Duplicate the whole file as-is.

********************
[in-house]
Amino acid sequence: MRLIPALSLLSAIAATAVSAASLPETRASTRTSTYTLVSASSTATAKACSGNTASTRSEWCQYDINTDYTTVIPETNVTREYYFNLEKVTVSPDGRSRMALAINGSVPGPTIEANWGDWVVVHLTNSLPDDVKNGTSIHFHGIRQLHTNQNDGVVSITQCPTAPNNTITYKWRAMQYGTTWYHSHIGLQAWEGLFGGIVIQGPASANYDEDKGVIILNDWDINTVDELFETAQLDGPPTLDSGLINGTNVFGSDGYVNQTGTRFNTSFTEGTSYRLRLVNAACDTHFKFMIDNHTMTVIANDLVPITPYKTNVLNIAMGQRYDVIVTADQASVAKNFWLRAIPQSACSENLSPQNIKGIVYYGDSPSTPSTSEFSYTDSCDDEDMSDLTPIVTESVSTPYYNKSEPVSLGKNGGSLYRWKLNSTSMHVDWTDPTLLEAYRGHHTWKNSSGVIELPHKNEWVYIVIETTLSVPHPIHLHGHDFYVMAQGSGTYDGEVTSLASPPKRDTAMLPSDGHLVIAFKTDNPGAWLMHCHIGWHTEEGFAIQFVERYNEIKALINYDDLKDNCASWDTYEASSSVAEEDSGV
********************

[in-house]
Amino acid sequence: MRLIPALSLLSAIAATAVSAASLPETRASTRTSTYTLVSASSTATAKACSGNTASTRSEWCQYDINTDYTTVIPETNVTREYYFNLEKVTVSPDGRSRMALAINGSVPGPTIEANWGDWVVVHLTNSLPDDVKNGTSIHFHGIRQLHTNQNDGVVSITQCPTAPNNTITYKWRAMQYGTTWYHSHIGLQAWEGLFGGIVIQGPASANYDEDKGVIILNDWDINTVDELFETAQLDGPPTLDSGLINGTNVFGSDGYVNQTGTRFNTSFTEGTSYRLRLVNAACDTHFKFMIDNHTMTVIANDLVPITPYKTNVLNIAMGQRYDVIVTADQASVAKNFWLRAIPQSACSENLSPQNIKGIVYYGDSPSTPSTSEFSYTDSCDDEDMSDLTPIVTESVSTPYYNKSEPVSLGKNGGSLYRWKLNSTSMHVDWTDPTLLEAYRGHHTWKNSSGVIELPHKNEWVYIVIETTLSVPHPIHLHGHDFYVMAQGSGTYDGEVTSLASPPKRDTAMLPSDGHLVIAFKTDNPGAWLMHCHIGWHTEEGFAIQFVERYNEIKALINYDDLKDNCASWDTYEASSSVAEEDSGV